The court said that it did “not consider that any distinction” could be drawn between Mr Kennedy’s case and that of Houghton v Chief Constable of Greater Manchester (1987) 84 Cr App R 319, where (applying equivalent English legislation) a former police officer who dressed for a fancy dress party in uniform and carried a truncheon was held to have a “reasonable excuse”. The distinction might be this: Mr Houghton was a former police officer, dressing up as a police officer for a fancy dress party on a one-off basis. It was therefore reasonable for him to use his old truncheon, which he had to hand. It was not, by contrast, reasonable for Mr Kennedy, who dresses up as a police officer regularly, but who never had any need for real police batons, to seek out and purchase the real thing rather than imitations.

That said, I doubt these arguments are convincing. And it seems the saga is not over yet. If at first, you don’t succeed, try breach of the peace instead…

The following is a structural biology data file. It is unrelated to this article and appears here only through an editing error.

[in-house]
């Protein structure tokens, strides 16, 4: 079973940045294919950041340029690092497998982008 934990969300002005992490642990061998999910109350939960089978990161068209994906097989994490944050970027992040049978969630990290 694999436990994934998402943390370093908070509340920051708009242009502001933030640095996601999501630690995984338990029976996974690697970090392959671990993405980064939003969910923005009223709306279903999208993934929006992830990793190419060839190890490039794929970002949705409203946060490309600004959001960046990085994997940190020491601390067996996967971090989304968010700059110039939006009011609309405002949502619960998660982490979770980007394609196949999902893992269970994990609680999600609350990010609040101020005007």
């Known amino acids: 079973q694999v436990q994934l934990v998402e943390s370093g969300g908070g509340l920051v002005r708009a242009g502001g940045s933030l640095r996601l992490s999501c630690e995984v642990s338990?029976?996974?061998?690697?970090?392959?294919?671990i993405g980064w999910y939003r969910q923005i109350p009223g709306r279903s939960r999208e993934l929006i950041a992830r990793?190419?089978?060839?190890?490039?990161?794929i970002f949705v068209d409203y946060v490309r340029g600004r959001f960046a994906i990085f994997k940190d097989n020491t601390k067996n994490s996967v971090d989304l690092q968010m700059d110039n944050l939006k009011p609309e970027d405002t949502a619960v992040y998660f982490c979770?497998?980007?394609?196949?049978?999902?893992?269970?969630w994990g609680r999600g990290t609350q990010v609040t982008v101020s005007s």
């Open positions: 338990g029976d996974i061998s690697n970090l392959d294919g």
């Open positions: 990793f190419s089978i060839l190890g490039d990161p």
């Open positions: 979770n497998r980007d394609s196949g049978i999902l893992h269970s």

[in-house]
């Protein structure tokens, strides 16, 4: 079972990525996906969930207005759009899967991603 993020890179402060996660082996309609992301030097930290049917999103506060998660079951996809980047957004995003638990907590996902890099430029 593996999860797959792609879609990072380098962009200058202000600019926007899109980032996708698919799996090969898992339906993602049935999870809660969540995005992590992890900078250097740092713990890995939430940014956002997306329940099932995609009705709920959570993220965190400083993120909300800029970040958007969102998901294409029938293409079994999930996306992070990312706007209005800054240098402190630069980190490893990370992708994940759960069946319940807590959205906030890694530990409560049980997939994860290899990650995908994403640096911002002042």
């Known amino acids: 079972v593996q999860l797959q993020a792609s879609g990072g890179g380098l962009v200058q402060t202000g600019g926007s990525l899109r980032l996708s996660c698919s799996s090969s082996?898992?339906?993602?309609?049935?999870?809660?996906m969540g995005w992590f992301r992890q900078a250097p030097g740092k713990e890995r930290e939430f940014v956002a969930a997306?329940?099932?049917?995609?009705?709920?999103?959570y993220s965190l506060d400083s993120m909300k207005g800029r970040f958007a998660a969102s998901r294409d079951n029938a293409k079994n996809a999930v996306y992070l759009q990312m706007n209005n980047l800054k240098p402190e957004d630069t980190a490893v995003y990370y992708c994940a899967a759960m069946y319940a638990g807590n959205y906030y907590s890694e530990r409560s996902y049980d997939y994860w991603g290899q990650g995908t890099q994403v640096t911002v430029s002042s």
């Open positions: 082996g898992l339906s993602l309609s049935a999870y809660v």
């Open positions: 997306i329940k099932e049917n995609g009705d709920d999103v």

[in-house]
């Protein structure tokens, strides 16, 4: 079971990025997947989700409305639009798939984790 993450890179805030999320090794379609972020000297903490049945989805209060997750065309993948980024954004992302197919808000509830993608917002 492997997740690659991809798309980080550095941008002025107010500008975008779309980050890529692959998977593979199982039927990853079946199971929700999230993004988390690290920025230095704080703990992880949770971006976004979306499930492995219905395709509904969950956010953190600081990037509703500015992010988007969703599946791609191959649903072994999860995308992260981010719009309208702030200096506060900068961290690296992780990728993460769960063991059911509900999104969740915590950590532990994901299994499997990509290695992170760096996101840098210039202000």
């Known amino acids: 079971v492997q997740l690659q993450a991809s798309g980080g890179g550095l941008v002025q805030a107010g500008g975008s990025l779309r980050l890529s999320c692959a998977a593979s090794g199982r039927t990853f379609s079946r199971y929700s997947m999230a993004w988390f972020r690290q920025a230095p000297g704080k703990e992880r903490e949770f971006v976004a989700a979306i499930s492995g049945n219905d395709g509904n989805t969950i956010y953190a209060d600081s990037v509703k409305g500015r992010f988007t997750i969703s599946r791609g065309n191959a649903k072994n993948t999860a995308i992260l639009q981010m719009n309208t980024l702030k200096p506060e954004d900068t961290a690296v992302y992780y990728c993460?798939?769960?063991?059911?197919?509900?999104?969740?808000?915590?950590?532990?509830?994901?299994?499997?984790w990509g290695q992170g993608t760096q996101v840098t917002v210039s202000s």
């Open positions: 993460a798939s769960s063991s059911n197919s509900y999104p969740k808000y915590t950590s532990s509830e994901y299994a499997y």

According to various news reports, Mr Kennedy was arrested at Aberdeen over the weekend, dressed as a soldier, and now faces a breach of the peace charge. According to the Edinburgh issue of the Metro yesterday (p2), he states that the police:

“…didn’t tell me anything, they just bundled me into the back of the van and took me to the station. I did nothing wrong. But the arresting sergeant told me his hands were tied. He explained a chief superintendent had put a memo out to all officers instructing them to stop and question me whenever they saw me. To me, this is harassment from a high ranking police officer.”

The notion that a breach of the peace charge is committed in circumstances such as those described in the various press reports seems almost absurd. It remains to be seen whether any further proceedings will come of this.

Wednesday 7 May 2008

You just can't trust Sun headlines...